SxSW that I didn't discuss in my previous entry: the reason why I went to only a few parties. Most nights I was back in my hotel around 11:00. That's not really sociable, is it? Unfortunately I was unable to attend most parties BECAUSE OF THE FUCKING NOISE.
I'm wondering if it would be at all possible to just turn off the LOUD BACKGROUND MUSIC at conference parties.">
There's one aspect of SxSW that I didn't discuss in my previous entry: the reason why I went to only a few parties. Most nights I was back in my hotel around 11:00. That's not really sociable, is it? Unfortunately I was unable to attend most parties BECAUSE OF THE FUCKING NOISE.
I'm wondering if it would be at all possible to just turn off the LOUD BACKGROUND MUSIC at conference parties.
Put a few hundred geeks together in a small space, give them beer, laptops, an Internet connection, and interesting presentations or projects to discuss, and they'll produce a fair amount of decibels. That's fine; it's what supposed to happen.
Unfortunately, all bar owners seem to think that we really appreciate THIS EXTREMELY LOUD, BAD MUSIC BLARING ON AND ON because (apparently) we don't have any conversation to make. Several panelists complained about having a sore throat because they had to shout all the time to make themselves heard OVER THE DRONING BACKGROUND MUSIC that nobody's really interested in, anyway.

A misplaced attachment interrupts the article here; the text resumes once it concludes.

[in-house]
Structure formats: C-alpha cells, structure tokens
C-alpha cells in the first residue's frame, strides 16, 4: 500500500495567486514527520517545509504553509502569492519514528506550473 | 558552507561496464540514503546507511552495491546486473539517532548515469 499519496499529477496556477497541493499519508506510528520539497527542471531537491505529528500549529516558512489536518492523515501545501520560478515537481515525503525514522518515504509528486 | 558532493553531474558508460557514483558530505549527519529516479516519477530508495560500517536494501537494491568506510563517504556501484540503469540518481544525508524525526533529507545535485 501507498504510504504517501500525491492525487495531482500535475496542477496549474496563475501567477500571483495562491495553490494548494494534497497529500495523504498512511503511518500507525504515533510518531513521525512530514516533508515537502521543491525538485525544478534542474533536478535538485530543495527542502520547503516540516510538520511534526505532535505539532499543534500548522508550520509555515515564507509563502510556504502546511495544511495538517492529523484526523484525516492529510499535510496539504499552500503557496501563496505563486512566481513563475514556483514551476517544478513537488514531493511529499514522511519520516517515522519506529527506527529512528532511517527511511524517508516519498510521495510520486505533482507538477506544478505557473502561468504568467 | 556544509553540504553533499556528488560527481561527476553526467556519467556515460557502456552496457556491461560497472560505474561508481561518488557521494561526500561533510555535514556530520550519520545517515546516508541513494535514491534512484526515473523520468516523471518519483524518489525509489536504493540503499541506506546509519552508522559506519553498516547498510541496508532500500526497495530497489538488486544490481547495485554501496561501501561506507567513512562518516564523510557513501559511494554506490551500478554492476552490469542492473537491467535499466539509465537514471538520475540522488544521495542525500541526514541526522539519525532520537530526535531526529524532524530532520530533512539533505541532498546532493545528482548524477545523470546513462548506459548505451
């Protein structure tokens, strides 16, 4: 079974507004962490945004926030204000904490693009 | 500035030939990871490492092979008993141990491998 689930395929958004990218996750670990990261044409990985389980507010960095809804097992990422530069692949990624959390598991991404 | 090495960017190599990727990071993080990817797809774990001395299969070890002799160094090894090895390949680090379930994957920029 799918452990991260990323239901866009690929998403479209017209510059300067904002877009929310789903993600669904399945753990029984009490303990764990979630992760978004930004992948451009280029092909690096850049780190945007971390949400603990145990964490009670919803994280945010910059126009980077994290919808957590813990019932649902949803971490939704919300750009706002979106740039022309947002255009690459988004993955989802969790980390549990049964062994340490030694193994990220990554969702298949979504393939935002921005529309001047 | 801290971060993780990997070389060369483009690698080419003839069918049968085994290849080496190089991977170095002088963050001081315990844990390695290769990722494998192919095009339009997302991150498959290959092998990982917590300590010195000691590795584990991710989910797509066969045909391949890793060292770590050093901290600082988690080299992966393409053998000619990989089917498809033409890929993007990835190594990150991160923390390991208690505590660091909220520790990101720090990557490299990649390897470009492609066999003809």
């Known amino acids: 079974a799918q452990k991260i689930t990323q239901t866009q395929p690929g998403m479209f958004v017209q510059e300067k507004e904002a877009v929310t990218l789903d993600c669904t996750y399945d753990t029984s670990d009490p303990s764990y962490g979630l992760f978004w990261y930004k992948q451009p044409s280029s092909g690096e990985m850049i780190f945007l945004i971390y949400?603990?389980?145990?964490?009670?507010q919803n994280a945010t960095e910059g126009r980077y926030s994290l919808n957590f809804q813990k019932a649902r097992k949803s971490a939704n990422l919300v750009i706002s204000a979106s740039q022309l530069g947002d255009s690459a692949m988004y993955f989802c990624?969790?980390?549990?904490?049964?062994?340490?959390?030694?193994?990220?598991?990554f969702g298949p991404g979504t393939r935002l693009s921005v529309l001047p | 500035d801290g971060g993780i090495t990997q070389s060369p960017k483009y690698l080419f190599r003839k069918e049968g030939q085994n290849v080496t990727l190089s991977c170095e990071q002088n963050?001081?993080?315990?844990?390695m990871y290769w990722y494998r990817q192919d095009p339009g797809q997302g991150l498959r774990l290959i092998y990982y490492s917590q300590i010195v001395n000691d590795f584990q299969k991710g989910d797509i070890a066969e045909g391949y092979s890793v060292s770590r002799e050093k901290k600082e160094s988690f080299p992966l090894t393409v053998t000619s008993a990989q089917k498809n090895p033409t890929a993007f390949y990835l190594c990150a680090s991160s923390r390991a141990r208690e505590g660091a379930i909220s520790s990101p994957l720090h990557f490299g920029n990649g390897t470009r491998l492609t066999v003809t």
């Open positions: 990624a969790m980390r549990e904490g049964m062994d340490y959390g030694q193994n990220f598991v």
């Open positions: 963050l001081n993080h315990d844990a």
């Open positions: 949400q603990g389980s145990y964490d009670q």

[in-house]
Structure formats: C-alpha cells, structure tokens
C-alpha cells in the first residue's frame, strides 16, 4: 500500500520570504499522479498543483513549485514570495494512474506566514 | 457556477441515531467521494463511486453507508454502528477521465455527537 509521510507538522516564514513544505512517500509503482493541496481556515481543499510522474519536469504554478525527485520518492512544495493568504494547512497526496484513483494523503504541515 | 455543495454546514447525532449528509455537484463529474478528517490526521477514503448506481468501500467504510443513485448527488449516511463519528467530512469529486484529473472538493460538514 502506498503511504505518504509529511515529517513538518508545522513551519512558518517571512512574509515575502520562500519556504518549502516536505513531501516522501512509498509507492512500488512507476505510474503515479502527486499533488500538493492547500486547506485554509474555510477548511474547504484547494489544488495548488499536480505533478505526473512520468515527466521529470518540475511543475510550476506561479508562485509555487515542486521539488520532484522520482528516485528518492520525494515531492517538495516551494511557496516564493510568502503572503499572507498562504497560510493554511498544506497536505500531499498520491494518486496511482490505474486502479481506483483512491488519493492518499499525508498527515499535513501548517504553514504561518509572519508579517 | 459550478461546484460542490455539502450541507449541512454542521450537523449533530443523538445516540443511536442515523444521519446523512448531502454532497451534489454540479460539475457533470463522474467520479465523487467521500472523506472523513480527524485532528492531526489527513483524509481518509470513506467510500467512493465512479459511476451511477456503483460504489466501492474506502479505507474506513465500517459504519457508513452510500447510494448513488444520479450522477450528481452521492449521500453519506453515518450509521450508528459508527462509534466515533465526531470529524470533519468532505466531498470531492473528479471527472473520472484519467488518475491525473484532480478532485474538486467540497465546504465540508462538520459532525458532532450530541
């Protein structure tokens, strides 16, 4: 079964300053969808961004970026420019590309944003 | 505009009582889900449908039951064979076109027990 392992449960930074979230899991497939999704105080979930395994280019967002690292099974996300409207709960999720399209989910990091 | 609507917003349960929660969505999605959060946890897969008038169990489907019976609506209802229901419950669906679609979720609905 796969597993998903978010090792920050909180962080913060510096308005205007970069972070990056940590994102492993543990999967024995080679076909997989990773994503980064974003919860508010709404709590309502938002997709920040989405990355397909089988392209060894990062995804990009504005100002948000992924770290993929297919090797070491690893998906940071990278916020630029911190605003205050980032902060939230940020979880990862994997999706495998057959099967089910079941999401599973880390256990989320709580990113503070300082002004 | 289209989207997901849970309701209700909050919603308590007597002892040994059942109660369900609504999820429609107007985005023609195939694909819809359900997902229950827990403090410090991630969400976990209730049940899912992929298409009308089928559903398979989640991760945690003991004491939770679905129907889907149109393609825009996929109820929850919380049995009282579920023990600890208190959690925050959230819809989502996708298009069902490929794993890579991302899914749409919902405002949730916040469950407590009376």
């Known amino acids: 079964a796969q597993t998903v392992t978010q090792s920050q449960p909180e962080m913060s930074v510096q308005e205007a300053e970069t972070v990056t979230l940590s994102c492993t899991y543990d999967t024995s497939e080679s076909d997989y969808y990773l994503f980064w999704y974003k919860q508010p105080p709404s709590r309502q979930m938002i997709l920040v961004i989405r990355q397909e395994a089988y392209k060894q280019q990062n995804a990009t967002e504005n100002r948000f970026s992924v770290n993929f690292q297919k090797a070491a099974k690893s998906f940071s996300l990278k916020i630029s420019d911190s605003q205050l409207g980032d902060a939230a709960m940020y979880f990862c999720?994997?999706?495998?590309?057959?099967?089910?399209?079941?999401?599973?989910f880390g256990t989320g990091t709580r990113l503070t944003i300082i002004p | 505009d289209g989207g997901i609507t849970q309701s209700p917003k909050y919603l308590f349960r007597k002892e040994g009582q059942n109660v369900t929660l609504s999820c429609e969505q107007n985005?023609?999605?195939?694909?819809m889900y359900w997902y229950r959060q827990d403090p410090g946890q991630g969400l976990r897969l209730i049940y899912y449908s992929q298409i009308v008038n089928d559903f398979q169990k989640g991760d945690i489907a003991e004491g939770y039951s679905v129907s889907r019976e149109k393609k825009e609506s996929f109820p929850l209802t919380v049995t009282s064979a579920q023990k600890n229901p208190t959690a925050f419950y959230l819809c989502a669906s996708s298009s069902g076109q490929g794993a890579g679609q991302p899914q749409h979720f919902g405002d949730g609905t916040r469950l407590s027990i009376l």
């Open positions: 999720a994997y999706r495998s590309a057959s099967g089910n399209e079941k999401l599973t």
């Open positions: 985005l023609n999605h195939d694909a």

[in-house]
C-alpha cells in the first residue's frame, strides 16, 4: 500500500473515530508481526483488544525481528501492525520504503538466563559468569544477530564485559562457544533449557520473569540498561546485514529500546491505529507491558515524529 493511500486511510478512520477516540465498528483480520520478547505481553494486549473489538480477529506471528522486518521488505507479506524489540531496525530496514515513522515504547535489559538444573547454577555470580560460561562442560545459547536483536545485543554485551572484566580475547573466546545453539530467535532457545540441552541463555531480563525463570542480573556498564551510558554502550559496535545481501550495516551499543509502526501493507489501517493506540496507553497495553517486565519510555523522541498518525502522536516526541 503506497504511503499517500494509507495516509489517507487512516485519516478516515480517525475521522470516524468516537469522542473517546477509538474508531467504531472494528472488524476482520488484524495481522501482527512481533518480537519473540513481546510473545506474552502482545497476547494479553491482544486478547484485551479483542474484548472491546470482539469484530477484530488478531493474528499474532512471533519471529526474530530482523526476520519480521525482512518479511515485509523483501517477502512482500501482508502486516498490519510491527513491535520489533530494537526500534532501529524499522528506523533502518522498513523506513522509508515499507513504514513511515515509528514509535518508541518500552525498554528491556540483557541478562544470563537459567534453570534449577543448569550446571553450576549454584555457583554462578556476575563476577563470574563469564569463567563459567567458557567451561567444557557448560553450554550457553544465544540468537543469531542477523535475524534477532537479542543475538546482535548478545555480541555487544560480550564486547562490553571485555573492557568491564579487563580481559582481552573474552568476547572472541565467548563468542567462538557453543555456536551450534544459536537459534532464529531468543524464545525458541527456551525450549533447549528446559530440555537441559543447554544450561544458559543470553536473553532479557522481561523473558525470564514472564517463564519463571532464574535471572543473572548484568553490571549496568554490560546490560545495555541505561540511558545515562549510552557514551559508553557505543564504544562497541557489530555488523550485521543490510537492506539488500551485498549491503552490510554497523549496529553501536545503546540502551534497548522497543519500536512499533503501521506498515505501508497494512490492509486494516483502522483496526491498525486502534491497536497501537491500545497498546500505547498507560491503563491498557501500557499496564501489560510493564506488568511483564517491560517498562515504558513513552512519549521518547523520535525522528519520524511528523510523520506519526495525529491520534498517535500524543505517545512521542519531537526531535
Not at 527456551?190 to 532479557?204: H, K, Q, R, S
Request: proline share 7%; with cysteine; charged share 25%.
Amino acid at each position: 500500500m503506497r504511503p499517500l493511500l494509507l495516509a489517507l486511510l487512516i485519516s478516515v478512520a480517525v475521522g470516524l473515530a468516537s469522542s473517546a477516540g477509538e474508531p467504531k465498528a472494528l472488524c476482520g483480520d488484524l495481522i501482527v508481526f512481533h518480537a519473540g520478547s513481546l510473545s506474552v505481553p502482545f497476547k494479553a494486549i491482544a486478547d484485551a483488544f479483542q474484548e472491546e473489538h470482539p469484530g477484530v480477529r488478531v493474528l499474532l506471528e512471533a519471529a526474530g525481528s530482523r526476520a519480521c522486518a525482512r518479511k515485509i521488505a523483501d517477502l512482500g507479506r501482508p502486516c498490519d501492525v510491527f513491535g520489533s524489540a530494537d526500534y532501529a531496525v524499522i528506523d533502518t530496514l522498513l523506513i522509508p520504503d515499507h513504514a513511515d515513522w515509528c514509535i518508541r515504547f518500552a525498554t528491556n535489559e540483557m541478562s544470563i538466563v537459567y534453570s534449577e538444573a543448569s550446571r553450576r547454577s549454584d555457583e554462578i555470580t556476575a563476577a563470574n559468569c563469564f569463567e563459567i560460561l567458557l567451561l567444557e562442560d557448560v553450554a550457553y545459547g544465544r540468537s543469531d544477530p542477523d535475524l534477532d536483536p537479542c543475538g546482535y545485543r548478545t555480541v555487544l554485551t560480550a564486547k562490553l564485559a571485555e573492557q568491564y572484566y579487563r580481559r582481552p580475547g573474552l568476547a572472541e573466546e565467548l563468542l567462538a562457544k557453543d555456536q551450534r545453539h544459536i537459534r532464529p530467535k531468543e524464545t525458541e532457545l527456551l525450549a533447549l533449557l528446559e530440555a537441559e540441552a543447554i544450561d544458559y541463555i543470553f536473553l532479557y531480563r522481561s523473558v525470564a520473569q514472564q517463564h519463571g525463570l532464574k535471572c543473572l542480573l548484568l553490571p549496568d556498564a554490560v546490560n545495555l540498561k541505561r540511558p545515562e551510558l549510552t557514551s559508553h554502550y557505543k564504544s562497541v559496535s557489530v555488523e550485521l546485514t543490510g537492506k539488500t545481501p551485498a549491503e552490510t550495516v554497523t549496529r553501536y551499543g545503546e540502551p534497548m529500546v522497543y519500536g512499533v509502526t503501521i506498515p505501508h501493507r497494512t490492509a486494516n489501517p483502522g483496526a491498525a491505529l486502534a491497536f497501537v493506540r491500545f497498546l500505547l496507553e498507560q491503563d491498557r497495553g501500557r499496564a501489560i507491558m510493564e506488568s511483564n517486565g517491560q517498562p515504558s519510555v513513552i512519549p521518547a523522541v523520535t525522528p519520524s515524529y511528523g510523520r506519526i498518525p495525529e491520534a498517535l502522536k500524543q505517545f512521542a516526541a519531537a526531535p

Now I have this slight hearing impediment that I think is called cocktail party deafness. It's nothing really serious, and usually my ears work fine. Except, unfortunately, when there's THIS LOUD BACKGROUND NOISE to contend with. If that's the case, I can't make out about 50% of what somebody's saying to me, and I have to guess what the subject of the conversation is. Usually this gets quite stressful after a while, and I quit the party.
When I go to a CONCERT I can't really talk to anyone because I can't hear them well enough. That's fine; I come there for the music anyway, and by now my friends are used to it.
But I go to conference parties to talk and listen to other people. When, in addition to the conversation, there's also this BACKGROUND NOISE GOING ON ALL THE TIME I just can't make out what people are saying to me. That's annoying.
The single party at which I was able to talk to people was the Great British Booze-up. Although the venue proprietor deemed LOUD BACKGROUND MUSIC an essential part of the experience, we were all in the back yard where the NOISE just dispersed into the air, and conversations were actually possible.
Most other parties, though, were inside, and this made conversation quite impossible for me. That's sad, in a way, because I'm sure I missed quite a few interesting talks and discussions. On the other hand, even if I had been at the party I would've missed the talks and discussions anyway because I couldn't have made them out.
Fortunately the idea of doing away with the BACKGROUND DRONE is getting some support. Andy Budd brought it up first, and when I talked to her on Wednesday Ms. Jen said she, too, was going to take steps to counter this problem.
I assume I'm speaking for them too when I ask conference organisers if it's possible to do something about this problem? Would it be a huge culture shock if there were simply no music at all during post-conference parties? Would that offend someone? Would leaving out the DRONING BACKGROUND NOISE make organising these parties more expensive? I, for one, would welcome it with open arms because it would mean I could actually go to parties.
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